The Church of England is also called the Anglican Church with its global reach headquartered in Lambeth. It has a large presence in India as part of the Churches of North and South India. Many Catholics will find much that is familiar in its liturgy and ceremonials. In fact, when there was a split in the Anglican Church on the issue of priesthood for the persons of the LGBTQ community, many congregations and clergy joined the Catholic faith. Rome gave special permission or dispensation to married priests who opted to retain their priesthood.

The spiritual head of the Church of England is the Archbishop of Canterbury, with another Archbishop in the country. The Archbishop is charged with the high duty of crowning the monarch in an elaborate ceremony.

Charles, the new King of England, is far more ecumenical and had once made it clear that he did not want to be called Defender of the Faith. He is also more familiar with religious leaders of Islam, Hinduism and Sikhism whose adherents are now numerous in the British Isles, and very prominent in business and political circles.

Many have through their donations, both to the Conservatives and the Liberals, bought for themselves seats in the House of Lords. So while Meghan, daughter of black ancestors, maybe a Duchess with her marriage to Prince Harry, a grandson of Elizabeth, there are many Lords and Baronesses who worship in Hindu, Islamic and other traditions, with ancestries in the Caribbean, Africa, Pakistan and India.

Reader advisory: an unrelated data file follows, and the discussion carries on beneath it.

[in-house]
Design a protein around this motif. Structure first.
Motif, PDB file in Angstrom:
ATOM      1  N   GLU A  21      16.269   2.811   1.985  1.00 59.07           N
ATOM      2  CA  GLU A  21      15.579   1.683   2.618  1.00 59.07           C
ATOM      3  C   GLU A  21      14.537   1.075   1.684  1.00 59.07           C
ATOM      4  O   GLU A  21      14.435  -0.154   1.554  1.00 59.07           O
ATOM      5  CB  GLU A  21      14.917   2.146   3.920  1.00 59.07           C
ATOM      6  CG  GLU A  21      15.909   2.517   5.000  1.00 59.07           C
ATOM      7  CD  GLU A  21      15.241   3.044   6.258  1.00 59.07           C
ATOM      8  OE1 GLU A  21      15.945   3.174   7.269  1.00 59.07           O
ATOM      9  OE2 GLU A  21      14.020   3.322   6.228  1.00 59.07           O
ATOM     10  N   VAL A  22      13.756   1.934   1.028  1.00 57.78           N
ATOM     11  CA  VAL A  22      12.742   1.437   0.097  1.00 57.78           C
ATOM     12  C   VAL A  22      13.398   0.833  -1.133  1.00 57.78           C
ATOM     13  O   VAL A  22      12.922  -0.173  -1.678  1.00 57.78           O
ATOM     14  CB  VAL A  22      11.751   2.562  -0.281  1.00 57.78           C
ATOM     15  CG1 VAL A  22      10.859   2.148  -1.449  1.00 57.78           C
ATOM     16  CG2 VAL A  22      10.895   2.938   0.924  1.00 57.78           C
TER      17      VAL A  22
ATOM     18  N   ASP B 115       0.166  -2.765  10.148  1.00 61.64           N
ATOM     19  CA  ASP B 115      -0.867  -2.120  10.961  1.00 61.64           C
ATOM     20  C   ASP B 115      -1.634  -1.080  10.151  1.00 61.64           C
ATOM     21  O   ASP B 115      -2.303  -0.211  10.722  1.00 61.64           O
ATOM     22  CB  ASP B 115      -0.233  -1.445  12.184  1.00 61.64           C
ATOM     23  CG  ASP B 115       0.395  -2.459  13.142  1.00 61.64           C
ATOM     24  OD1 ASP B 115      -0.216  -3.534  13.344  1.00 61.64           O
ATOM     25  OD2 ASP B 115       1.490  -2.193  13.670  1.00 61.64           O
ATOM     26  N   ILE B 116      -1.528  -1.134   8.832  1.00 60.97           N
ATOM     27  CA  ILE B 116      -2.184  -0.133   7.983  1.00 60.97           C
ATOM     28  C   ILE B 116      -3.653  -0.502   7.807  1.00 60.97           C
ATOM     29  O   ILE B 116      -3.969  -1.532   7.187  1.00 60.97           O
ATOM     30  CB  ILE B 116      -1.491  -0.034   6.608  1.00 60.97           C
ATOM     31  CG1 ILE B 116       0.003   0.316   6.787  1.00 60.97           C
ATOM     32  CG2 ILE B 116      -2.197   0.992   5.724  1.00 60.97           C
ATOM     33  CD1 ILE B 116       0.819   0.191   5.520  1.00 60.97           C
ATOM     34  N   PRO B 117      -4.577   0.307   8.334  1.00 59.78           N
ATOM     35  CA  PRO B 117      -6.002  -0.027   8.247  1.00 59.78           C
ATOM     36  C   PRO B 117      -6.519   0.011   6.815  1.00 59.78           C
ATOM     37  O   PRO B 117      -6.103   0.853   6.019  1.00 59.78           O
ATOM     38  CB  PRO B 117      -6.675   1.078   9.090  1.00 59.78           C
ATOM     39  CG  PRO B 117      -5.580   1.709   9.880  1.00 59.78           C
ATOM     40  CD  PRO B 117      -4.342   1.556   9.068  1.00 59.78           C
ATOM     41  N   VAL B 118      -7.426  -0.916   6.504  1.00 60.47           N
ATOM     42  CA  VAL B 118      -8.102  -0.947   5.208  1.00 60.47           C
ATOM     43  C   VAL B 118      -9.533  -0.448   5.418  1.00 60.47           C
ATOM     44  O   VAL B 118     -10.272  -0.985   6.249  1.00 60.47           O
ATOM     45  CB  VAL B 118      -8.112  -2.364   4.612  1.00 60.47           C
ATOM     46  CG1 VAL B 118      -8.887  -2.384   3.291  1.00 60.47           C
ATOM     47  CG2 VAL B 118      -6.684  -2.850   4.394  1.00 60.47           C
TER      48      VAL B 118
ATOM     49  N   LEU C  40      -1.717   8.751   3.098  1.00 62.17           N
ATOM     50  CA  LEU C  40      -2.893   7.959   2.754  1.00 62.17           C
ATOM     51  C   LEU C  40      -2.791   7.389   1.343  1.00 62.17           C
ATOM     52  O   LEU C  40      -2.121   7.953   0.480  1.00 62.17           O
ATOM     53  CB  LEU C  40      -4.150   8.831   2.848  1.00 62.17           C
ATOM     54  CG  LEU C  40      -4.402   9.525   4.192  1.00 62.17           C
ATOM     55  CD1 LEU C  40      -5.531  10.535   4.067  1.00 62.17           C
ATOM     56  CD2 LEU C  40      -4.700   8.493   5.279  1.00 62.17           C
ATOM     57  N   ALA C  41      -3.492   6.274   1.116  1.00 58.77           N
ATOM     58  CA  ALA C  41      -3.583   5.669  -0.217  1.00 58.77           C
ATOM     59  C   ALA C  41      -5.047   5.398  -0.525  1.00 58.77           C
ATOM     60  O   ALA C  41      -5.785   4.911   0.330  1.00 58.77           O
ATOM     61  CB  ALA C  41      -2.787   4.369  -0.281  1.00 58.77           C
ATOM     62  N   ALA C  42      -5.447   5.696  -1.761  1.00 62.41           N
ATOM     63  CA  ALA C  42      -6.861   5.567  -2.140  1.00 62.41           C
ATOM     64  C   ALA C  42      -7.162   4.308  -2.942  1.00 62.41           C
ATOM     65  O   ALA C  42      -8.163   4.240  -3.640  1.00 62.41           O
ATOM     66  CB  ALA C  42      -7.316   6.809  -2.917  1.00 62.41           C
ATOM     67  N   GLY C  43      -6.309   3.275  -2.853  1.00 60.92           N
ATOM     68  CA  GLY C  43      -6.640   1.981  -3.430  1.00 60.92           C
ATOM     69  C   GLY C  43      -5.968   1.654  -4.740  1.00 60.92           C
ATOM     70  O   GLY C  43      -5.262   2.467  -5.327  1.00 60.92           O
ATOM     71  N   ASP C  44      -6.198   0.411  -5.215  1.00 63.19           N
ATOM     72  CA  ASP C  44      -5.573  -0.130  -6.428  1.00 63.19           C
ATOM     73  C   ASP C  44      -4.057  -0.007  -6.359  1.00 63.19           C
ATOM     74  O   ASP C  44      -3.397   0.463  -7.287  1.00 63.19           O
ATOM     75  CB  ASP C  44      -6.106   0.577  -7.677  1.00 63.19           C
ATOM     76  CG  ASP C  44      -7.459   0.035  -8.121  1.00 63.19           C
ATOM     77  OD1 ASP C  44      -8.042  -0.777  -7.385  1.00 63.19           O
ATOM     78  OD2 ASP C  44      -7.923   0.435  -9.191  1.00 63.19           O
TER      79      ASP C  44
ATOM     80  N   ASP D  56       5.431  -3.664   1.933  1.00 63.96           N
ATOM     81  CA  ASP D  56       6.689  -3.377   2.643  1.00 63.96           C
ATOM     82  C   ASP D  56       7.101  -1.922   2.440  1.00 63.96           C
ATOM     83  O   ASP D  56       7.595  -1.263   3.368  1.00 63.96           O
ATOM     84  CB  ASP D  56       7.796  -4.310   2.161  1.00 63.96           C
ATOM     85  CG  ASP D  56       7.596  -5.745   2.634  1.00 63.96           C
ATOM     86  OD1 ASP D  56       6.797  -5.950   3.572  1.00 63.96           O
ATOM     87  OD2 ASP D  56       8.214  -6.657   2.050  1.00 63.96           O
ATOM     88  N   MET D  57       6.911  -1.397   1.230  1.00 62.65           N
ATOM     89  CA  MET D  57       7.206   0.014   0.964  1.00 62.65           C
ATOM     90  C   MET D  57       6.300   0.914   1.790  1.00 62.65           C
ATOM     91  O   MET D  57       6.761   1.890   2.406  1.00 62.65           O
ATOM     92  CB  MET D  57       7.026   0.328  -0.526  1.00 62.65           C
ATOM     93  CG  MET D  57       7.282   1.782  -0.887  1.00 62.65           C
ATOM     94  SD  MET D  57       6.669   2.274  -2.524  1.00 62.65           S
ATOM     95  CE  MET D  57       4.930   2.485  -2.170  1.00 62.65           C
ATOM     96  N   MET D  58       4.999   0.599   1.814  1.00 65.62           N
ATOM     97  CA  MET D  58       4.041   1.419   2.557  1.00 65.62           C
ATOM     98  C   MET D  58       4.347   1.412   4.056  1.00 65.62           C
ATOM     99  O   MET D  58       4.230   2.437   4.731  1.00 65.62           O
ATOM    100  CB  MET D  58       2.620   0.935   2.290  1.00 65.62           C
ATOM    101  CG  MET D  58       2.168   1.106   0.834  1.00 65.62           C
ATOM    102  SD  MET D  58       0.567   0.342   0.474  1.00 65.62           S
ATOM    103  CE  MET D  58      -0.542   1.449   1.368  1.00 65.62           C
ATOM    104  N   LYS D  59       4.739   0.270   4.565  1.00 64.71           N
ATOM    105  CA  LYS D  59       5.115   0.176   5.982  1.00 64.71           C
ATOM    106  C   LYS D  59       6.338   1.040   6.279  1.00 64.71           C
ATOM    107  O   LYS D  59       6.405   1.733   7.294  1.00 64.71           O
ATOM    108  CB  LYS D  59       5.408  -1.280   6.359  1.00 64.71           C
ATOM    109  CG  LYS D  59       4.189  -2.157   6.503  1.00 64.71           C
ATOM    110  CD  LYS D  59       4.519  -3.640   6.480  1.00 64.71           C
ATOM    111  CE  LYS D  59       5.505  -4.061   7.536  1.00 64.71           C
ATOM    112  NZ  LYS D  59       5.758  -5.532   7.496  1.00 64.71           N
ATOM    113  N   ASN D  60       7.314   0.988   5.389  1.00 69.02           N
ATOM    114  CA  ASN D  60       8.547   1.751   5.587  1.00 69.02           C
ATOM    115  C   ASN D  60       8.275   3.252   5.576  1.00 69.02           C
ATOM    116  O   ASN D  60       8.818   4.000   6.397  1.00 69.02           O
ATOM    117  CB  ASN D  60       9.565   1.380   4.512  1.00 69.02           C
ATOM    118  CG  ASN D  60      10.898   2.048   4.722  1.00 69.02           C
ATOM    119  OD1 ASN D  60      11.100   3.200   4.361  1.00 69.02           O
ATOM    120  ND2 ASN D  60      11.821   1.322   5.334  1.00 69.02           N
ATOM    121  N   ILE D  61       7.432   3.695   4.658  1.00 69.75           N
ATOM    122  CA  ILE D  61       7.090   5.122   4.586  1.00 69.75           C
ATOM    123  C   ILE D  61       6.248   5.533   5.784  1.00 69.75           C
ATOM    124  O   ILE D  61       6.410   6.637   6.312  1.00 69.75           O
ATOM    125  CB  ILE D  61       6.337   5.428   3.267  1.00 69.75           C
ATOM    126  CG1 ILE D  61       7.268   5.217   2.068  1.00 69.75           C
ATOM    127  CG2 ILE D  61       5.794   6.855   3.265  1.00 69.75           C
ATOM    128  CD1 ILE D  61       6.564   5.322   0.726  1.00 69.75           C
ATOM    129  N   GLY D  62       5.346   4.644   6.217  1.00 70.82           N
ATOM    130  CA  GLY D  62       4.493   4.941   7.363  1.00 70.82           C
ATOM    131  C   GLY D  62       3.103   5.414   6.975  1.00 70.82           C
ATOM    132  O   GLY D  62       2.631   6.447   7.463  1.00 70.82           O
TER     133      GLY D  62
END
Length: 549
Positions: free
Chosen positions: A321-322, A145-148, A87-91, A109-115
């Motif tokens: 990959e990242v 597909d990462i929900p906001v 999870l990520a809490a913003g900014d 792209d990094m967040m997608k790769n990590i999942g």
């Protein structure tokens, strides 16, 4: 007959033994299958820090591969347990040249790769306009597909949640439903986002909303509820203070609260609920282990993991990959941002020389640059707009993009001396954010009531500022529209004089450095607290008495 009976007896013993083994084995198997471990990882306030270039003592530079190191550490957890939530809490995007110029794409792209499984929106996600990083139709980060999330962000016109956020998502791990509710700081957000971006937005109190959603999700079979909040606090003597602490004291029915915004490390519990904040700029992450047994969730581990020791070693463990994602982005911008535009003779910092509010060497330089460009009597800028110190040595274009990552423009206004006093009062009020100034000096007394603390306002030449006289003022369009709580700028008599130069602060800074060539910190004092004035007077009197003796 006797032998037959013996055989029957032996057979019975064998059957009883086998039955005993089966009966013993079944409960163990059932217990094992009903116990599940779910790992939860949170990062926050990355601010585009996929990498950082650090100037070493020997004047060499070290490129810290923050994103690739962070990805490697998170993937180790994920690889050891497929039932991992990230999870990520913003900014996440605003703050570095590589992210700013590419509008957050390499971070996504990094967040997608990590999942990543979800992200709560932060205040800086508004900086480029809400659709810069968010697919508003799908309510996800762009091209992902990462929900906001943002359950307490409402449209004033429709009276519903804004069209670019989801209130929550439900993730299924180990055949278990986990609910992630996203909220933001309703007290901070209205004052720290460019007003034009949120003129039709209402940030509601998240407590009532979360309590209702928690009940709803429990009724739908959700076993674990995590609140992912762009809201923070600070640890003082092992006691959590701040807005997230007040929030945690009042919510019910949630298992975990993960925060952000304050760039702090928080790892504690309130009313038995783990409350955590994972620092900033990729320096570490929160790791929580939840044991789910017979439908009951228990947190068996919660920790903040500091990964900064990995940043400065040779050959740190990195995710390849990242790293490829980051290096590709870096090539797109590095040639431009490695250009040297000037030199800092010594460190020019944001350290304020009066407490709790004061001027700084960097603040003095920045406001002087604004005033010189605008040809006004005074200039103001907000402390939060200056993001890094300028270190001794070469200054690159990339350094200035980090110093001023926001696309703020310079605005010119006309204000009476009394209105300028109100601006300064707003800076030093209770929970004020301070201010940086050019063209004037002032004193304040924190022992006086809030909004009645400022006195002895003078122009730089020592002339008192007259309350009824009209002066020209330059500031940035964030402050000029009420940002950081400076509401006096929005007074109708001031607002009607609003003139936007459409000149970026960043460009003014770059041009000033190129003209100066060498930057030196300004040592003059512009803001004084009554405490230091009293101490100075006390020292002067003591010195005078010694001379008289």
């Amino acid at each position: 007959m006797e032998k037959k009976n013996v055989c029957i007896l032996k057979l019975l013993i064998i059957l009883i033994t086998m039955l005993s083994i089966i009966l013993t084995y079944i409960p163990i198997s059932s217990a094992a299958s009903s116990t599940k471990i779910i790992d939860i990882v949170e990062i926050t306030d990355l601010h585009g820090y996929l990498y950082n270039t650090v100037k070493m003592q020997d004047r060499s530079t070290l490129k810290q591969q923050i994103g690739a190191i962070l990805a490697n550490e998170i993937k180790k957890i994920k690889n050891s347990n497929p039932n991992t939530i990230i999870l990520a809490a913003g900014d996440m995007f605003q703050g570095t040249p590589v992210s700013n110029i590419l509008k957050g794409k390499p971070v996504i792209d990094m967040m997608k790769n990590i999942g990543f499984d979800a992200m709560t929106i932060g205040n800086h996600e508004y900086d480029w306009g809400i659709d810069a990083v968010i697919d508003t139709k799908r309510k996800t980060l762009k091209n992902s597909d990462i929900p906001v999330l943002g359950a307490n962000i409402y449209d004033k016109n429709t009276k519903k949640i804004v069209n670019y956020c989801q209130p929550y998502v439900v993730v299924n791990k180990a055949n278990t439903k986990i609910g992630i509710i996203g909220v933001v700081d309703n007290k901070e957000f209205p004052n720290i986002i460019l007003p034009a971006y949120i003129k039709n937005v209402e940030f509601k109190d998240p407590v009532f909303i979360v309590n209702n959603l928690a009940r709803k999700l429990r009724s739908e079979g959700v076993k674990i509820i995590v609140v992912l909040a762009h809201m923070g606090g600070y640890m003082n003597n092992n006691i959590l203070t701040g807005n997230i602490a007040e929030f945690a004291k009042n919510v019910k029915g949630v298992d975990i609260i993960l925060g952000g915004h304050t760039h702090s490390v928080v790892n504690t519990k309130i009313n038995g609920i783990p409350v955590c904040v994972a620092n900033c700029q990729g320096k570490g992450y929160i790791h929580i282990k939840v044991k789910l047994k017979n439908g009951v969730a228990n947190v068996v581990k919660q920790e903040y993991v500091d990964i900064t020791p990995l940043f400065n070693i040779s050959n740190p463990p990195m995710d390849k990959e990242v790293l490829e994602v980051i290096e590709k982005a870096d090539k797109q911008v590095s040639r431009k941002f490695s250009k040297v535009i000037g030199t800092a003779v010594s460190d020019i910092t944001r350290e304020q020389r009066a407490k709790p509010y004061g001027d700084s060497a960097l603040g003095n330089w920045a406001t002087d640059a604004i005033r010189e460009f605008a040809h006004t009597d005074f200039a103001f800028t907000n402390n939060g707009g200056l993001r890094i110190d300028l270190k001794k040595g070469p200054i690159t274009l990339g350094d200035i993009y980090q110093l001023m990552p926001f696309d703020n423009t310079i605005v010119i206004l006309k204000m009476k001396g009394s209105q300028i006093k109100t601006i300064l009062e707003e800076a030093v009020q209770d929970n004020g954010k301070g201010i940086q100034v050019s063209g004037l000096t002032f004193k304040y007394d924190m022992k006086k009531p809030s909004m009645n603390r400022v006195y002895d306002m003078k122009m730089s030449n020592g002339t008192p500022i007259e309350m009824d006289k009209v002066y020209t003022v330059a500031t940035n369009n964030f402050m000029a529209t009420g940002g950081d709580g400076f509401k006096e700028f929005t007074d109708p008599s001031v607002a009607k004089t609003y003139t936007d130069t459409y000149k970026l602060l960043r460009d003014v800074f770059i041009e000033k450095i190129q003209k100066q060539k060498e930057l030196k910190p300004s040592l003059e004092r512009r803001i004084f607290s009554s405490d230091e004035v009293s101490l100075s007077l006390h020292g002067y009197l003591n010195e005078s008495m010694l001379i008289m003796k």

Charles is certainly going to make them feel more at home in the plural and inclusive society that his mother certainly helped bring about, if only by default when her government opened up the islands to people from the former colonies.

The continuing decline of faith as measured in church attendance in the white and colored Christian communities is a matter of record and contrasts vividly with the open religiosity amongst adherents of Hinduism, Sikhism and Islam.

For King Charles and the Royalists who have to shift gears to understand the new mindset of the 73-year-old new monarch, these could be trying times. It remains to be seen how Charles will, in the years he has to reign, rebuild the monarchy in his own image, keeping it as a political balancing apparatus, ironically to strengthen the rule of popularly elected governments.

Since the Magna Carta was enforced on a former king centuries ago by his landed warlords, if one may call them that, the United Kingdom within its boundaries has remained far more republican and democratic than other forms of government elsewhere in the world. This included countries such as India that follow rule of law patterned on the Westminster form of British government.

A supreme irony is that as India lurches towards right-wing religious majoritarianism, its once colonial ruler may be coming close to a state which will distance itself away from religion and race.

Caste, alas, remains entrenched in the communities which migrated from South Asia, the Indian subcontinent. The Queen never did understand caste and Charles, despite his deep knowledge of climate change and universal warming, perhaps has not had much clue about the country’s most terrible import from its biggest former colony.

*The views expressed in this article are those of the author and do not necessarily reflect the official editorial position of UCA News.end your helping hand!